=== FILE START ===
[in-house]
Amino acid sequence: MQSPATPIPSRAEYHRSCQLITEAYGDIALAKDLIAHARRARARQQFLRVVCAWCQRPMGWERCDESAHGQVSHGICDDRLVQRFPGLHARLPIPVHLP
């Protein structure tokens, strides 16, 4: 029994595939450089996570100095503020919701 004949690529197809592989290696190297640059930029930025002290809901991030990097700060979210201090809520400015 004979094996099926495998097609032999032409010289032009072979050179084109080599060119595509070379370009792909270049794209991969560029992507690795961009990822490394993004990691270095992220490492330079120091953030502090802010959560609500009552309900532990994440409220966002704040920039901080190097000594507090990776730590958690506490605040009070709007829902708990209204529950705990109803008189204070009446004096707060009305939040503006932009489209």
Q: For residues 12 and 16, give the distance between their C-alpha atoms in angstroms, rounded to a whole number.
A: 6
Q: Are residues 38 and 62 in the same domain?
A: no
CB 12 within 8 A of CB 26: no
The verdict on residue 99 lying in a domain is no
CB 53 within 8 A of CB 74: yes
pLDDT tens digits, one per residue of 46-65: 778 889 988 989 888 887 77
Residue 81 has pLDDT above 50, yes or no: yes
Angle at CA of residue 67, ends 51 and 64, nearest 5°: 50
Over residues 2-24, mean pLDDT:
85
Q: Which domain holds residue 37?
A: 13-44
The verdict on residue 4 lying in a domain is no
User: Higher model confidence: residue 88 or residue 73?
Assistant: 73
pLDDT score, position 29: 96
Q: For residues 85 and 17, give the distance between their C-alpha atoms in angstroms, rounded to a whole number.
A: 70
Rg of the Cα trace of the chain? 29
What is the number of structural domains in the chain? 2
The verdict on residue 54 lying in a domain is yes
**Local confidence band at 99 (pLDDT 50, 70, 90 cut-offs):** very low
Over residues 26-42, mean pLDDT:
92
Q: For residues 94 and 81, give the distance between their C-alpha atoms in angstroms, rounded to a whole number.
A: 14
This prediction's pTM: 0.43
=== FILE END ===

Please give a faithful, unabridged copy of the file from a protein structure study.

[in-house]
Amino acid sequence: MQSPATPIPSRAEYHRSCQLITEAYGDIALAKDLIAHARRARARQQFLRVVCAWCQRPMGWERCDESAHGQVSHGICDDRLVQRFPGLHARLPIPVHLP
């Protein structure tokens, strides 16, 4: 029994595939450089996570100095503020919701 004949690529197809592989290696190297640059930029930025002290809901991030990097700060979210201090809520400015 004979094996099926495998097609032999032409010289032009072979050179084109080599060119595509070379370009792909270049794209991969560029992507690795961009990822490394993004990691270095992220490492330079120091953030502090802010959560609500009552309900532990994440409220966002704040920039901080190097000594507090990776730590958690506490605040009070709007829902708990209204529950705990109803008189204070009446004096707060009305939040503006932009489209």
Q: For residues 12 and 16, give the distance between their C-alpha atoms in angstroms, rounded to a whole number.
A: 6
Q: Are residues 38 and 62 in the same domain?
A: no
CB 12 within 8 A of CB 26: no
The verdict on residue 99 lying in a domain is no
CB 53 within 8 A of CB 74: yes
pLDDT tens digits, one per residue of 46-65: 778 889 988 989 888 887 77
Residue 81 has pLDDT above 50, yes or no: yes
Angle at CA of residue 67, ends 51 and 64, nearest 5°: 50
Over residues 2-24, mean pLDDT:
85
Q: Which domain holds residue 37?
A: 13-44
The verdict on residue 4 lying in a domain is no
User: Higher model confidence: residue 88 or residue 73?
Assistant: 73
pLDDT score, position 29: 96
Q: For residues 85 and 17, give the distance between their C-alpha atoms in angstroms, rounded to a whole number.
A: 70
Rg of the Cα trace of the chain? 29
What is the number of structural domains in the chain? 2
The verdict on residue 54 lying in a domain is yes
**Local confidence band at 99 (pLDDT 50, 70, 90 cut-offs):** very low
Over residues 26-42, mean pLDDT:
92
Q: For residues 94 and 81, give the distance between their C-alpha atoms in angstroms, rounded to a whole number.
A: 14
This prediction's pTM: 0.43